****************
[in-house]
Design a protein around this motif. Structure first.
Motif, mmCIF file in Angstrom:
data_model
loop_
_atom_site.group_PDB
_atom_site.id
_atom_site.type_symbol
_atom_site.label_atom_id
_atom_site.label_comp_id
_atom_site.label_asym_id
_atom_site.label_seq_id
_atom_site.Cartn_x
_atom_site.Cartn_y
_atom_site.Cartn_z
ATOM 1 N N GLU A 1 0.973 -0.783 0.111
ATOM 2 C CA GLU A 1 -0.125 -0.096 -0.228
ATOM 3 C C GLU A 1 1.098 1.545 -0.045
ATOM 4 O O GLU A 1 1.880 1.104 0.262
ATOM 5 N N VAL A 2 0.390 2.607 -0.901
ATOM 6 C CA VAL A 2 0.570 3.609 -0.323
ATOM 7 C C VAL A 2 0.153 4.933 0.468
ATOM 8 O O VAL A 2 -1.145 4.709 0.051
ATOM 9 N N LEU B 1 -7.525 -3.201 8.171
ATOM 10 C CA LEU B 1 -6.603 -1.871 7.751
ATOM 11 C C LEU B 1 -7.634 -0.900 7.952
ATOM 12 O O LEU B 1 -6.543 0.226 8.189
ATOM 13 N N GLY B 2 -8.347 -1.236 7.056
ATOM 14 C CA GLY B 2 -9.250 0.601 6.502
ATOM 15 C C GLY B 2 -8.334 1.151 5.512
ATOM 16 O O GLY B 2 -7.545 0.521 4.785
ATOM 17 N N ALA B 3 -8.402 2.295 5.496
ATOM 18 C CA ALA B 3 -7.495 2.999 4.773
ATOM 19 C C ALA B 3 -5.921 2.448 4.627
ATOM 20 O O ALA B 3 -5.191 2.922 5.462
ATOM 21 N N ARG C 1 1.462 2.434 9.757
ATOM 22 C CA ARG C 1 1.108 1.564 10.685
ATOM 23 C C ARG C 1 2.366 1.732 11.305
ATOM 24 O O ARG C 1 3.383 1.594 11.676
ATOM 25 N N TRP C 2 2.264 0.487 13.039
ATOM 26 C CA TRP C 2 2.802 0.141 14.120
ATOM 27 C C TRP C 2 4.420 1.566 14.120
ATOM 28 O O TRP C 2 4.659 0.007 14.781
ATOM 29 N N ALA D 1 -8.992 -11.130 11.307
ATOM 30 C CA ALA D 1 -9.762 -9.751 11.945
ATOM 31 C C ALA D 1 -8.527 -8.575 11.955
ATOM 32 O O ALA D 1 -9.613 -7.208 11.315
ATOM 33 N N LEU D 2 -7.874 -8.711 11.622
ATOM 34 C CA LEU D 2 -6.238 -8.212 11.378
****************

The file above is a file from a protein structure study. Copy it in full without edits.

[in-house]
Design a protein around this motif. Structure first.
Motif, mmCIF file in Angstrom:
data_model
loop_
_atom_site.group_PDB
_atom_site.id
_atom_site.type_symbol
_atom_site.label_atom_id
_atom_site.label_comp_id
_atom_site.label_asym_id
_atom_site.label_seq_id
_atom_site.Cartn_x
_atom_site.Cartn_y
_atom_site.Cartn_z
ATOM 1 N N GLU A 1 0.973 -0.783 0.111
ATOM 2 C CA GLU A 1 -0.125 -0.096 -0.228
ATOM 3 C C GLU A 1 1.098 1.545 -0.045
ATOM 4 O O GLU A 1 1.880 1.104 0.262
ATOM 5 N N VAL A 2 0.390 2.607 -0.901
ATOM 6 C CA VAL A 2 0.570 3.609 -0.323
ATOM 7 C C VAL A 2 0.153 4.933 0.468
ATOM 8 O O VAL A 2 -1.145 4.709 0.051
ATOM 9 N N LEU B 1 -7.525 -3.201 8.171
ATOM 10 C CA LEU B 1 -6.603 -1.871 7.751
ATOM 11 C C LEU B 1 -7.634 -0.900 7.952
ATOM 12 O O LEU B 1 -6.543 0.226 8.189
ATOM 13 N N GLY B 2 -8.347 -1.236 7.056
ATOM 14 C CA GLY B 2 -9.250 0.601 6.502
ATOM 15 C C GLY B 2 -8.334 1.151 5.512
ATOM 16 O O GLY B 2 -7.545 0.521 4.785
ATOM 17 N N ALA B 3 -8.402 2.295 5.496
ATOM 18 C CA ALA B 3 -7.495 2.999 4.773
ATOM 19 C C ALA B 3 -5.921 2.448 4.627
ATOM 20 O O ALA B 3 -5.191 2.922 5.462
ATOM 21 N N ARG C 1 1.462 2.434 9.757
ATOM 22 C CA ARG C 1 1.108 1.564 10.685
ATOM 23 C C ARG C 1 2.366 1.732 11.305
ATOM 24 O O ARG C 1 3.383 1.594 11.676
ATOM 25 N N TRP C 2 2.264 0.487 13.039
ATOM 26 C CA TRP C 2 2.802 0.141 14.120
ATOM 27 C C TRP C 2 4.420 1.566 14.120
ATOM 28 O O TRP C 2 4.659 0.007 14.781
ATOM 29 N N ALA D 1 -8.992 -11.130 11.307
ATOM 30 C CA ALA D 1 -9.762 -9.751 11.945
ATOM 31 C C ALA D 1 -8.527 -8.575 11.955
ATOM 32 O O ALA D 1 -9.613 -7.208 11.315
ATOM 33 N N LEU D 2 -7.874 -8.711 11.622
ATOM 34 C CA LEU D 2 -6.238 -8.212 11.378